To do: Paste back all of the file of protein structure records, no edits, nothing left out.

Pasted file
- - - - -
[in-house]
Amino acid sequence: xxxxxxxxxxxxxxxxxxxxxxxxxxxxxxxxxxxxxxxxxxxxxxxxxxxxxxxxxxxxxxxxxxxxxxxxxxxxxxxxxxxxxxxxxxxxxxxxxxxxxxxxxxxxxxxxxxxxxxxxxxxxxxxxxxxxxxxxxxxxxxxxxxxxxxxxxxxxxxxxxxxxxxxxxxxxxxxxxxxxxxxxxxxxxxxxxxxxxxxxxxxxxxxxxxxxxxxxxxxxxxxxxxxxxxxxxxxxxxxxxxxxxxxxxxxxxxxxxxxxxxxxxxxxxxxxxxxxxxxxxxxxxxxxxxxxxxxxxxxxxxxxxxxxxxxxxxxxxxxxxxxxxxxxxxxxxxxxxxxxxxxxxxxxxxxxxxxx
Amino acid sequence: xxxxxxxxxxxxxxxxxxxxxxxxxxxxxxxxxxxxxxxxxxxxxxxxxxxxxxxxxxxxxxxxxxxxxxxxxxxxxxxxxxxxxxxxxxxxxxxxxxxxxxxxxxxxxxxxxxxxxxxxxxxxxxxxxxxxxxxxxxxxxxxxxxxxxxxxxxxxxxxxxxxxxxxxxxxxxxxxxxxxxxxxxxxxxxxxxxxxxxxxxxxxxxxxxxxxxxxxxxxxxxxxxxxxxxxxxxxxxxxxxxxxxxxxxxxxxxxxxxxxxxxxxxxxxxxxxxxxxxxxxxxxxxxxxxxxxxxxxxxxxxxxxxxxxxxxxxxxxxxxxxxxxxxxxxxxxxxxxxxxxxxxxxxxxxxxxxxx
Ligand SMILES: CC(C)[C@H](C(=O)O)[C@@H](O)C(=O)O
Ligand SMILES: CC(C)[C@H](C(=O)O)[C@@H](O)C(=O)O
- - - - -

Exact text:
[in-house]
Amino acid sequence: xxxxxxxxxxxxxxxxxxxxxxxxxxxxxxxxxxxxxxxxxxxxxxxxxxxxxxxxxxxxxxxxxxxxxxxxxxxxxxxxxxxxxxxxxxxxxxxxxxxxxxxxxxxxxxxxxxxxxxxxxxxxxxxxxxxxxxxxxxxxxxxxxxxxxxxxxxxxxxxxxxxxxxxxxxxxxxxxxxxxxxxxxxxxxxxxxxxxxxxxxxxxxxxxxxxxxxxxxxxxxxxxxxxxxxxxxxxxxxxxxxxxxxxxxxxxxxxxxxxxxxxxxxxxxxxxxxxxxxxxxxxxxxxxxxxxxxxxxxxxxxxxxxxxxxxxxxxxxxxxxxxxxxxxxxxxxxxxxxxxxxxxxxxxxxxxxxxx
Amino acid sequence: xxxxxxxxxxxxxxxxxxxxxxxxxxxxxxxxxxxxxxxxxxxxxxxxxxxxxxxxxxxxxxxxxxxxxxxxxxxxxxxxxxxxxxxxxxxxxxxxxxxxxxxxxxxxxxxxxxxxxxxxxxxxxxxxxxxxxxxxxxxxxxxxxxxxxxxxxxxxxxxxxxxxxxxxxxxxxxxxxxxxxxxxxxxxxxxxxxxxxxxxxxxxxxxxxxxxxxxxxxxxxxxxxxxxxxxxxxxxxxxxxxxxxxxxxxxxxxxxxxxxxxxxxxxxxxxxxxxxxxxxxxxxxxxxxxxxxxxxxxxxxxxxxxxxxxxxxxxxxxxxxxxxxxxxxxxxxxxxxxxxxxxxxxxxxxxxxxxx
Ligand SMILES: CC(C)[C@H](C(=O)O)[C@@H](O)C(=O)O
Ligand SMILES: CC(C)[C@H](C(=O)O)[C@@H](O)C(=O)O